If that dream is to buy fifteen Virgil Finlay originals in one fell swoop, then mine came true on the first day of spring sixteen years ago. Thereby hangs a tale. Though with apologies to the Bard, ‘twas neither Hamlet nor The Taming of the Shrew, but another play that figures therein. 

Almost from the moment his work first appeared in Weird Tales – debuting in the December 1935 issue – Finlay was the greatest interior illustrator in the pulps. Enamored of his work, Weird Tales editor Farnsworth Wright immediately engaged Finlay’s services for a side project, even as that issue of Weird Tales was hitting the newsstands.

Wright wanted to bring out an eight volume set of William Shakespeare’s plays in inexpensive editions (under the banner “Wright’s Shakespeare Library”), profusely illustrated. In Finlay, he felt he’d found the perfect partner for his project. He commissioned the then 21-year old Finlay to draw a total of 25 illustrations for the first volume, A Midsummer Night’s Dream. Finlay completed this work in the last two months of 1935, and the volume saw print at the end of that year.

Read More Read More

The Shadow Knows A Good Pulp Painting When He Sees It!

The Shadow Knows A Good Pulp Painting When He Sees It!

Detective Story Magazine, December 2, 1919. Art by John Coughlin

I thought that today I’d tell the tale of a painting by the talented and prolific John Coughlin, which was used as a pulp cover not once but twice.

Its first appearance was over a century ago, as it graced the cover of the December 2, 1919 issue of Street & Smith’s Detective Story Magazine. At that time, it illustrated “Eyes of Blue” by Arthur P. Hankins. But its more famous appearance came a dozen years later.

Street & Smith created the character of The Shadow to narrate “The Detective Story Magazine Hour” on radio. That weekly program was launched on July 31, 1930 to promote Detective Story Magazine, and dramatized a story from the current issue. The character of The Shadow was a huge hit, and listeners began asking their news dealers for copies of that Shadow magazine. Sadly for Street & Smith and their prospective customers, there was no such magazine.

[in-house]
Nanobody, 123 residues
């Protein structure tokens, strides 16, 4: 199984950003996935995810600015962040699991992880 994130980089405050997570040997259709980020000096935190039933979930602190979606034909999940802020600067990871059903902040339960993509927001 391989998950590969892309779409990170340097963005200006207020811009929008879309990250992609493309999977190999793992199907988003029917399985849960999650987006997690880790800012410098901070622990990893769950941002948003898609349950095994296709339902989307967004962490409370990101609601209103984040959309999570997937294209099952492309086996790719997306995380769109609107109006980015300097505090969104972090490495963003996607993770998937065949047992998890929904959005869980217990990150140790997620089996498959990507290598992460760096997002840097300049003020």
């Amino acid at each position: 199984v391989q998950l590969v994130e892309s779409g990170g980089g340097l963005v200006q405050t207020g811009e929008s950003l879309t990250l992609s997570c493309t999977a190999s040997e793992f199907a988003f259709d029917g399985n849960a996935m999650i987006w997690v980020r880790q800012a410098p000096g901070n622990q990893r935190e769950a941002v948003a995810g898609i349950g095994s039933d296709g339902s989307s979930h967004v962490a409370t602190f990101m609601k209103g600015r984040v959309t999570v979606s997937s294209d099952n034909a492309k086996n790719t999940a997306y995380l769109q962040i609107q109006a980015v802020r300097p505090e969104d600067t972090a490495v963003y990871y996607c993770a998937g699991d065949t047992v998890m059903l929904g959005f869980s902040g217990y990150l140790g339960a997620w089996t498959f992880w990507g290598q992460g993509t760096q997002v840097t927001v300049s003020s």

Not surprisingly, they soon decided to rectify this and publish a Shadow pulp to cash in on this interest, but uncertain of its prospects, they made it a quarterly. They also didn’t want to incur the expense of buying new cover art for the first issue, dated April 1931. So they decided to recycle a painting in their inventory that featured a Chinese man – Modest Stein’s cover for the October 1, 1919 issue of Street & Smith’s The Thrill Book. Author Walter Gibson was then told to set part of the first Shadow story (“The Living Shadow”) in Chinatown, and they used Stein’s old cover, adding a shadow to the cover in production.

Read More Read More

The 1940 Chicon Auction, or, “My Kingdom for a Time Machine!”

The 1940 Chicon Auction, or, “My Kingdom for a Time Machine!”

Virgil Finlay painting for George Allen England’s “Darkness and Dawn” (Famous Fantastic Mysteries, 1940)

For decades, beginning with the very first Worldcon in 1939, held in New York City, science fiction magazine publishers sent art to the convention, to be auctioned off to fans to help raise money for the con. Particularly in those early years, so much art was sometimes sent that the con didn’t have time to auction it all, and at the end of the auction original interior illustrations from the likes of Virgil Finlay, Edd Cartier and Frank R. Paul would be tossed into the audience for free.

Sadly, no one has ever thrown a free Finlay at me.

The tradition that was started at Nycon 1 continued in 1940 at the second Worldcon, held in Chicago from September 1-2, 1940 – Chicon 1. One of the attendees, and a man who was actively involved in organizing that Chicon, was legendary fan and SF author Wilson “Bob “ Tucker. At the time of the con, Tucker was in the midst of publishing his classic fanzine, Le Zombie, and in issue #40 (July 1941), he posted the results of the Chicon auction. In his list, Tucker identifies (where he knows) the artist, the piece, the fan who bought it and the selling price. I include that list below; I think it’s a fascinating glimpse at the earliest days of SF art collecting.

Not every item was a piece of original art; some books, magazines, fanzines and ephemera were auctioned also, but the vast majority of it was art. Tucker notes that his list is missing some info, as the auction moved so fast and he was rapidly taking notes as each piece was being auctioned. He also notes that the list is only for the Sunday night auction (September 1, 1940), but he did not make the same sort of notes for the continuation of the auction the next night.

Read More Read More

My Greatest Antique Fair Find